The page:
Benford's G&S Lexicon Entries for Trial By Jury

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James the Second [In the reign of James the Second]

The son of Charles I, James II succeeded to the throne in 1685 but abdicated in 1688, when William of Orange forced him out. His was a short, bloody reign, but the Counsel would have us believe that he left his mark on matrimonial law.

Nice [A nice dilemma]

If we interpret nice in the conventional sense we can conclude that the judge is indulging in irony (as in “a nice mess”). On the other hand, as Asimov (11) says, nice is used by lawyers in the older sense of requiring careful thought and examination. That seems the more likely interpretation.

Breach [A breach ‘twill surely be]

A breach of promise: In legal matters, a failure to carry out a promise of marriage. Breach means to break.

Prepossessing [I’m not prepossessing]

Attractive, likely to make a good first impression.


A mitigating factor. This is from a pair of lines that are in the score but are omitted from some versions of the libretto. The complete verse, as found in The Savoy Operas (131), is sung by the jury as follows:

We would be fairly acting,
But this is most distracting!
If, when in liquor, he would kick her,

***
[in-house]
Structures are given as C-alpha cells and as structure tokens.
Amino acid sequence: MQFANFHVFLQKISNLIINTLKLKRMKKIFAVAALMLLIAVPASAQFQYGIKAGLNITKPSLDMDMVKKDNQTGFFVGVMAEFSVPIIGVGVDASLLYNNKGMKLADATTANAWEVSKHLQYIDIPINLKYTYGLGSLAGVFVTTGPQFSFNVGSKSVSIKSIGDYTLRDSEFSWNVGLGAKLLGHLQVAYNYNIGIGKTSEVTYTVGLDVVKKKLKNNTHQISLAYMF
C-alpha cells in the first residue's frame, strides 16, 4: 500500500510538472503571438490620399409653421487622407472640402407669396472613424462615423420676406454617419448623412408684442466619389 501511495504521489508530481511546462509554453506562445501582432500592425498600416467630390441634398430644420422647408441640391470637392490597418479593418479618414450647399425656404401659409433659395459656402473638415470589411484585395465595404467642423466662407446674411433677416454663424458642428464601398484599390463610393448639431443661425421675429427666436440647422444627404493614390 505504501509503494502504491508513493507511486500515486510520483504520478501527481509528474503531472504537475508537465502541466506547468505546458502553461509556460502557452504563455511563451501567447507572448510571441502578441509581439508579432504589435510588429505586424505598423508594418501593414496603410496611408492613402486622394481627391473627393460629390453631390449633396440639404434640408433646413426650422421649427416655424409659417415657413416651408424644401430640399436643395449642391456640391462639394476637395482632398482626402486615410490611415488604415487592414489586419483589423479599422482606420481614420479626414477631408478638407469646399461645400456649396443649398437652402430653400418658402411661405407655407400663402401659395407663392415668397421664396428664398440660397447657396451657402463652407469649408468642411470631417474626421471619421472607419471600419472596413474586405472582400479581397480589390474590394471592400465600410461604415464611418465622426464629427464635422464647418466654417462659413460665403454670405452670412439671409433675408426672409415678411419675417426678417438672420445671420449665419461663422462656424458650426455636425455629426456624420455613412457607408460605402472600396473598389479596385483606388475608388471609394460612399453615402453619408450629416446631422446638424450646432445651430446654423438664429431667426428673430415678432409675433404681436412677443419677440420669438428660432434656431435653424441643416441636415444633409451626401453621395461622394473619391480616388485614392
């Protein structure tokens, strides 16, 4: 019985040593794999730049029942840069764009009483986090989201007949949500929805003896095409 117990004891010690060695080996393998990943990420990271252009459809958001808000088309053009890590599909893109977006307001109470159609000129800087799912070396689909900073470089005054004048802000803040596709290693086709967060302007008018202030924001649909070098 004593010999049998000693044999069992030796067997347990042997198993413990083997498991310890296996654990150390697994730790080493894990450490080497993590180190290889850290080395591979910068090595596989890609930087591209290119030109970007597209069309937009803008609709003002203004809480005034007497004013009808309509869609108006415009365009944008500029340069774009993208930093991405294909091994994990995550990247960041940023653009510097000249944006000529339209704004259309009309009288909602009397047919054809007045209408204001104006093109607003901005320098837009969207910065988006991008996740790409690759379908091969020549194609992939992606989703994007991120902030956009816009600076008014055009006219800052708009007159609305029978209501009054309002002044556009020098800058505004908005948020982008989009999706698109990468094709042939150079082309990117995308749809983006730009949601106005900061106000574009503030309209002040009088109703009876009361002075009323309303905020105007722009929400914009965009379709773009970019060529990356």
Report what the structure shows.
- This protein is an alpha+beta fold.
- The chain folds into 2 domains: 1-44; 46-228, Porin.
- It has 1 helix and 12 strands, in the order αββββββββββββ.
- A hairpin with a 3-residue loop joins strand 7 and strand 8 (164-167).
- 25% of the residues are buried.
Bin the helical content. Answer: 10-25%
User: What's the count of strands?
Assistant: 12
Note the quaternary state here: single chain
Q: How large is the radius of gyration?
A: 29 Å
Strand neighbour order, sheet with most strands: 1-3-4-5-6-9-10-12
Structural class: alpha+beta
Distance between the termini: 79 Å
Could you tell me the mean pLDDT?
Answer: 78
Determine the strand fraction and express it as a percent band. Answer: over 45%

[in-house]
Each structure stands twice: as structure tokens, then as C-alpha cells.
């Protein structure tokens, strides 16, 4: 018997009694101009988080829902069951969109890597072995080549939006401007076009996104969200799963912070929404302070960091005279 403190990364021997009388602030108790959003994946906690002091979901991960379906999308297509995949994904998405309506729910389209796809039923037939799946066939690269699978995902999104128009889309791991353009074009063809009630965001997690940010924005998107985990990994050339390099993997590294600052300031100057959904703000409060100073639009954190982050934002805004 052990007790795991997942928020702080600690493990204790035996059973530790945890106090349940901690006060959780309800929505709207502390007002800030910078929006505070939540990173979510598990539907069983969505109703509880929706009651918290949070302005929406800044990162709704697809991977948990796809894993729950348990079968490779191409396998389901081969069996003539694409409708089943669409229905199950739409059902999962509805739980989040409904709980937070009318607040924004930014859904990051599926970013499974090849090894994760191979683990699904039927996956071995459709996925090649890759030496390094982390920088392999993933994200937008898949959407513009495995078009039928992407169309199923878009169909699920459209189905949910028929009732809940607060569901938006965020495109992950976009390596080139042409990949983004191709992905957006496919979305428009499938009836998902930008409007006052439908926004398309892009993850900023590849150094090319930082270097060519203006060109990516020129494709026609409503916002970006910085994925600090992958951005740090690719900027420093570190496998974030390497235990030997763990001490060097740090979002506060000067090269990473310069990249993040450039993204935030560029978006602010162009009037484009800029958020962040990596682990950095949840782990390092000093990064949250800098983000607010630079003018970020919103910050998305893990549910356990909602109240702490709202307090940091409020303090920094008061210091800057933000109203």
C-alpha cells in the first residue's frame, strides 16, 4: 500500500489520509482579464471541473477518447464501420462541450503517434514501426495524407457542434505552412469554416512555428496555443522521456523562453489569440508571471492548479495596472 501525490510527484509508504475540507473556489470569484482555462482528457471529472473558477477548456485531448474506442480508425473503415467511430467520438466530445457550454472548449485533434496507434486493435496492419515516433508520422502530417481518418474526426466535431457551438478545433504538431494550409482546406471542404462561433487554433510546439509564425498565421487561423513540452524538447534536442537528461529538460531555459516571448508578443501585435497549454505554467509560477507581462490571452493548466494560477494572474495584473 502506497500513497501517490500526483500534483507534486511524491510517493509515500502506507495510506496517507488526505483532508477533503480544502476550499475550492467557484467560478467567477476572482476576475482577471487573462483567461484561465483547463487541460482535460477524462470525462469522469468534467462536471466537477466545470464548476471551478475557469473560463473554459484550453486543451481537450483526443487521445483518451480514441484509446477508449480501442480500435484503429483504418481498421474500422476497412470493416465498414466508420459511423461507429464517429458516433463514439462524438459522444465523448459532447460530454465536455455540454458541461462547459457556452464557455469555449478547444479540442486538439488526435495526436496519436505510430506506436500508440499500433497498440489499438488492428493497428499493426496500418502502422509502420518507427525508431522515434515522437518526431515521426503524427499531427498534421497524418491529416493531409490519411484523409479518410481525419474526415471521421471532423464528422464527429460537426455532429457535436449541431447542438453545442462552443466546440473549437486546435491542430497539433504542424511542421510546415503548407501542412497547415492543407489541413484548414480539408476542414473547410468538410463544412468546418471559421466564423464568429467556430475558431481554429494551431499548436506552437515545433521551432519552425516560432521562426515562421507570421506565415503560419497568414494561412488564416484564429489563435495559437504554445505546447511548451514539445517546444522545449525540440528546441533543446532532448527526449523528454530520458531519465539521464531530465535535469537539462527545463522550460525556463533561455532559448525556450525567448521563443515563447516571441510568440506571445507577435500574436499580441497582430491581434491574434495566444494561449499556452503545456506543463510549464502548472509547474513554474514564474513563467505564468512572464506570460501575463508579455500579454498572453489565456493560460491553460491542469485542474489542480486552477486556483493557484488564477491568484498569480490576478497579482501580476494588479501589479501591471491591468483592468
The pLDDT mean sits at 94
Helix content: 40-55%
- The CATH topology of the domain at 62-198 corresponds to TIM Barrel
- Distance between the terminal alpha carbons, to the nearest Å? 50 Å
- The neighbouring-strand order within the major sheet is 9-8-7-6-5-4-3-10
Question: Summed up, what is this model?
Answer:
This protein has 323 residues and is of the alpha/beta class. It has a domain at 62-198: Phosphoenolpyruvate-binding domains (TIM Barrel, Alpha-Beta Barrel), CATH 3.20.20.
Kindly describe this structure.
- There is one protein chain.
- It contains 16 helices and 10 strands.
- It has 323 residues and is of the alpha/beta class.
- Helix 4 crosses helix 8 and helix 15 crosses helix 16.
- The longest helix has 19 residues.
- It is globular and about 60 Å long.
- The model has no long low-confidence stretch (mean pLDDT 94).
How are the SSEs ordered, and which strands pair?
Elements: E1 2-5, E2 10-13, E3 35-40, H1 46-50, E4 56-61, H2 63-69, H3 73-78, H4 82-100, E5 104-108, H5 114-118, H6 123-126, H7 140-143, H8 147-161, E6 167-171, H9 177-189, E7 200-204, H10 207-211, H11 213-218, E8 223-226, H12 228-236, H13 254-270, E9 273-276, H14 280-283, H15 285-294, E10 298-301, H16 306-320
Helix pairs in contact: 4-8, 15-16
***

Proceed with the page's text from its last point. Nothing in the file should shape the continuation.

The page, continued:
That is an abatement.

Furies [All the legal furies seize you]

See “Semi-despondent fury” above.

Attorneys [Barristers, and you, attorneys]

At the time the opera was set (early 1870s) the person briefing a barrister in the Court of the Exchequer would have been an attorney. Shortly thereafter, however, the Judicature Act merged the solicitors and attorneys, and the former title was adopted (178).

Shelf [Put your briefs upon the shelf]

This should not be taken literally; the judge is telling both parties to shelve (i.e., lay aside) their pleadings.

Knell [The knell is sounded]

A slow ringing of a bell at a funeral.

Doated [On you he’s doated]

Bestowing excessive adoration.

Moated [To castle moated]

Protected by a deep encircling ditch, probably filled with anything but Eau de Cologne.

Tether [In marriage tether]

A rope or chain used to keep an animal from straying. This is not to be taken literally.

Snob [The defendant is a snob]

Brewer (56) says this means, “not a gentleman; one who arrogates to himself merits which he does not deserve.”

Fob [I’ll reward him from my fob]

A small waistband pocket. Since the pocket is a small one, we may infer that the reward was perhaps only loose change. “Another insult, and, I think, a light one!”